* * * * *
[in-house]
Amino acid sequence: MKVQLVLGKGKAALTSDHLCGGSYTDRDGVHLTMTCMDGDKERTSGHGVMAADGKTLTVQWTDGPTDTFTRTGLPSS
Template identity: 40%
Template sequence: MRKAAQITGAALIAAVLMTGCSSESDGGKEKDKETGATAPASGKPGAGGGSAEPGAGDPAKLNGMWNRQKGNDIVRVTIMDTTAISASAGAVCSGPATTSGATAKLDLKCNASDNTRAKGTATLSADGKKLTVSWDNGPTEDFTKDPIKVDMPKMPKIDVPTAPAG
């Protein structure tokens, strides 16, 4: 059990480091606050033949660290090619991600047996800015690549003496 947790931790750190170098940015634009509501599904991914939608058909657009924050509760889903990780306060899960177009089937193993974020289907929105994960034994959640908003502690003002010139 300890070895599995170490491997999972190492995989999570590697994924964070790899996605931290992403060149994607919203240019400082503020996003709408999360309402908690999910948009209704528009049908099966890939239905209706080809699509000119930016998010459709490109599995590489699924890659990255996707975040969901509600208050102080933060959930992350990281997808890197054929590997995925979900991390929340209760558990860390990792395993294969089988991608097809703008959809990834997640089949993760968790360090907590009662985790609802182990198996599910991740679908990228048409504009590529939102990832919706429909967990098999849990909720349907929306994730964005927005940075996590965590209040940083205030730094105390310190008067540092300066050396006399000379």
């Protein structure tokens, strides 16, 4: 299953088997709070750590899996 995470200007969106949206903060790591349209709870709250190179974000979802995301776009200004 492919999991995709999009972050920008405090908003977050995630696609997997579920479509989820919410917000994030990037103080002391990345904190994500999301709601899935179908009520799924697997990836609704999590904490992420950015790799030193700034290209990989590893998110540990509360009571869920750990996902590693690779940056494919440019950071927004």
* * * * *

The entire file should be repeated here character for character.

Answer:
[in-house]
Amino acid sequence: MKVQLVLGKGKAALTSDHLCGGSYTDRDGVHLTMTCMDGDKERTSGHGVMAADGKTLTVQWTDGPTDTFTRTGLPSS
Template identity: 40%
Template sequence: MRKAAQITGAALIAAVLMTGCSSESDGGKEKDKETGATAPASGKPGAGGGSAEPGAGDPAKLNGMWNRQKGNDIVRVTIMDTTAISASAGAVCSGPATTSGATAKLDLKCNASDNTRAKGTATLSADGKKLTVSWDNGPTEDFTKDPIKVDMPKMPKIDVPTAPAG
């Protein structure tokens, strides 16, 4: 059990480091606050033949660290090619991600047996800015690549003496 947790931790750190170098940015634009509501599904991914939608058909657009924050509760889903990780306060899960177009089937193993974020289907929105994960034994959640908003502690003002010139 300890070895599995170490491997999972190492995989999570590697994924964070790899996605931290992403060149994607919203240019400082503020996003709408999360309402908690999910948009209704528009049908099966890939239905209706080809699509000119930016998010459709490109599995590489699924890659990255996707975040969901509600208050102080933060959930992350990281997808890197054929590997995925979900991390929340209760558990860390990792395993294969089988991608097809703008959809990834997640089949993760968790360090907590009662985790609802182990198996599910991740679908990228048409504009590529939102990832919706429909967990098999849990909720349907929306994730964005927005940075996590965590209040940083205030730094105390310190008067540092300066050396006399000379």
């Protein structure tokens, strides 16, 4: 299953088997709070750590899996 995470200007969106949206903060790591349209709870709250190179974000979802995301776009200004 492919999991995709999009972050920008405090908003977050995630696609997997579920479509989820919410917000994030990037103080002391990345904190994500999301709601899935179908009520799924697997990836609704999590904490992420950015790799030193700034290209990989590893998110540990509360009571869920750990996902590693690779940056494919440019950071927004």